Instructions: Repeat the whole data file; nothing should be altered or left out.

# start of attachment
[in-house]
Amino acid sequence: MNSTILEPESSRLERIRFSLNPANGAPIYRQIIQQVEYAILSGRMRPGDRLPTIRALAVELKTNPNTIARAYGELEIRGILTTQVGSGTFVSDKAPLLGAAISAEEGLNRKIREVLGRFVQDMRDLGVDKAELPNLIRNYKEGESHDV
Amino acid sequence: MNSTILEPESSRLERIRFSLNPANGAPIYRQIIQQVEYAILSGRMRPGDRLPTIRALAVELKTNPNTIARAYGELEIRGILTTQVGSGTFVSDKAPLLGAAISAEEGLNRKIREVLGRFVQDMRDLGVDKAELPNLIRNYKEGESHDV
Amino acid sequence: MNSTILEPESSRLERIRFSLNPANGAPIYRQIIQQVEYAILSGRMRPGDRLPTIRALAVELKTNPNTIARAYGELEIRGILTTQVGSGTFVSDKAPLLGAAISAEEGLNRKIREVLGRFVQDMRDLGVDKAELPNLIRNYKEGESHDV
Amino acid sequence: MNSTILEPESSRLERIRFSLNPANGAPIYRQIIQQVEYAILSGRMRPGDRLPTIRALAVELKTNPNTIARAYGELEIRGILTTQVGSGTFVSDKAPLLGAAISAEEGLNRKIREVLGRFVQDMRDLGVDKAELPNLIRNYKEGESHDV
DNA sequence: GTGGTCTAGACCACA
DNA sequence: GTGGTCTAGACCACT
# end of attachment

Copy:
[in-house]
Amino acid sequence: MNSTILEPESSRLERIRFSLNPANGAPIYRQIIQQVEYAILSGRMRPGDRLPTIRALAVELKTNPNTIARAYGELEIRGILTTQVGSGTFVSDKAPLLGAAISAEEGLNRKIREVLGRFVQDMRDLGVDKAELPNLIRNYKEGESHDV
Amino acid sequence: MNSTILEPESSRLERIRFSLNPANGAPIYRQIIQQVEYAILSGRMRPGDRLPTIRALAVELKTNPNTIARAYGELEIRGILTTQVGSGTFVSDKAPLLGAAISAEEGLNRKIREVLGRFVQDMRDLGVDKAELPNLIRNYKEGESHDV
Amino acid sequence: MNSTILEPESSRLERIRFSLNPANGAPIYRQIIQQVEYAILSGRMRPGDRLPTIRALAVELKTNPNTIARAYGELEIRGILTTQVGSGTFVSDKAPLLGAAISAEEGLNRKIREVLGRFVQDMRDLGVDKAELPNLIRNYKEGESHDV
Amino acid sequence: MNSTILEPESSRLERIRFSLNPANGAPIYRQIIQQVEYAILSGRMRPGDRLPTIRALAVELKTNPNTIARAYGELEIRGILTTQVGSGTFVSDKAPLLGAAISAEEGLNRKIREVLGRFVQDMRDLGVDKAELPNLIRNYKEGESHDV
DNA sequence: GTGGTCTAGACCACA
DNA sequence: GTGGTCTAGACCACT